Our ingrained belief is that it’s impossible or unrealistic to build organizations with both high belonging and high diversity. This belief system devastates all possibilities for creating sustainable growth in turbulent times. It’s also a defense mechanism. The truth is that it is possible to build highly inclusive/diverse workplaces. If we are honest with ourselves, we will recognize that the real problem is that many of us simply are not willing to make the transformational changes needed to do it. We want to hang on to our old ways, but get different results; that is a working definition of insanity! If we can get past our resistance, the model provides insight into the path forward.
Enterprises in the “Entrepreneurial Zone” have low differentials in power and status between the “top” and the “bottom” of the organization. In other words, they are relatively flat. Traditional command-and-control practices are replaced by an emerging “partnership” model based on adult-to-adult (peer) relationships.
Traditionally, organizational alignment is gained through subtle (or not so subtle), coercive cultural pressures and through extrinsic, social rewards like power and status. The goal is behavioral compliance. These methods fit firmly into the “AT&T zone,” and they don’t work anymore. In entrepreneurial enterprises, alignment is gained by building individual-level, authentic commitment. Each enterprise member is managed uniquely by tapping into individual, intrinsic motivations and strengths, and leveraging those for maximum enterprise advantage. As opposed to the bureaucratic “cog in the machine” model, employees feel – and act – like valued enterprise members.
The entrepreneurial spirit is “activated” by constructively harnessing internal variety and differences as the raw fuel for continuous experimentation, innovation, learning, and growth. We instinctively resist this because allowing internal differences to surface can initially seem like a descent into chaos. However, while repressing differences might feel comfortable and “safe,” it is actually a dangerous strategy in a changing world. It yields only stagnation, loss of innovation, and potential extinction.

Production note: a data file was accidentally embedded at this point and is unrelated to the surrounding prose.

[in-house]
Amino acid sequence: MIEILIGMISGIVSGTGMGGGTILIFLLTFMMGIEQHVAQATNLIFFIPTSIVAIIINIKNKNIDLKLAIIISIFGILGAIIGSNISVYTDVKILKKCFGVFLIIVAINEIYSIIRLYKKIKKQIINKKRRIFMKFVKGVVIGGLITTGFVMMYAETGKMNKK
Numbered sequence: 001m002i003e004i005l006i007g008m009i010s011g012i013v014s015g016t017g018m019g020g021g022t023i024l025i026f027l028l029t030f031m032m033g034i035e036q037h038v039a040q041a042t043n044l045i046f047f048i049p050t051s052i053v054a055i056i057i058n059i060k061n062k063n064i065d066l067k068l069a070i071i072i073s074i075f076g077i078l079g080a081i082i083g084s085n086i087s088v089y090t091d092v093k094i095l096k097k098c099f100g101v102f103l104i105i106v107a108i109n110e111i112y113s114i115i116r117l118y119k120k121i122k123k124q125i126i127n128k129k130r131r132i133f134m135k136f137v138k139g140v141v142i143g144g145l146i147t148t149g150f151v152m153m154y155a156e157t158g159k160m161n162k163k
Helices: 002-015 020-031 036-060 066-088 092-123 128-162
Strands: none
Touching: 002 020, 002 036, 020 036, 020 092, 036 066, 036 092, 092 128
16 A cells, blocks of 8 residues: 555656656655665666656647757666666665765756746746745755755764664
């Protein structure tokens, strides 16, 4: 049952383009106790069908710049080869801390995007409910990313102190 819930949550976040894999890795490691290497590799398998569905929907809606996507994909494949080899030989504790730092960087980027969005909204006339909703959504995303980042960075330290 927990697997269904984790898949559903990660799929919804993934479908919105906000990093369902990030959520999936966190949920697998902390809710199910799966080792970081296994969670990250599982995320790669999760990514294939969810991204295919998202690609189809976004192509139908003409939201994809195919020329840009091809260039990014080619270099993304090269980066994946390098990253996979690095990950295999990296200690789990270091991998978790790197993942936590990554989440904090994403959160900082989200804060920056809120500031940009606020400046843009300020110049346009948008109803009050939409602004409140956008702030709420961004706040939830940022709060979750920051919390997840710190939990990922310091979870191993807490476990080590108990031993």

The Solution: On the other side of perceived chaos is a vibrant, dynamic, and diverse community of employees, each of whom is valued as a unique individual and encouraged to contribute and create. To get there, new leadership and management practices are required that foster safety, trust, honesty, integrity, accountability, mutuality, and partnering.
This calls for a more sophisticated level of leadership and management competency, wisdom, and maturity. This is the real reason why creating diverse, inclusive enterprises is resisted. It’s hard work, and it falls outside of the traditional business leadership “comfort zone.” It calls upon our leaders to significantly “ratchet up” their level of interpersonal, relational maturity. Knowing the “business side” alone is insufficient to build sustainable enterprise entrepreneurship. The key to a future of sustainable growth lies in combining business acumen with community-building skills.
Dr. Dean Robb is President of The Resilience Group, helping business leaders build high- performing, innovative, entrepreneurial enterprises. He can be reached at 908-757-4721.
[From Connection Magazine – November 2004]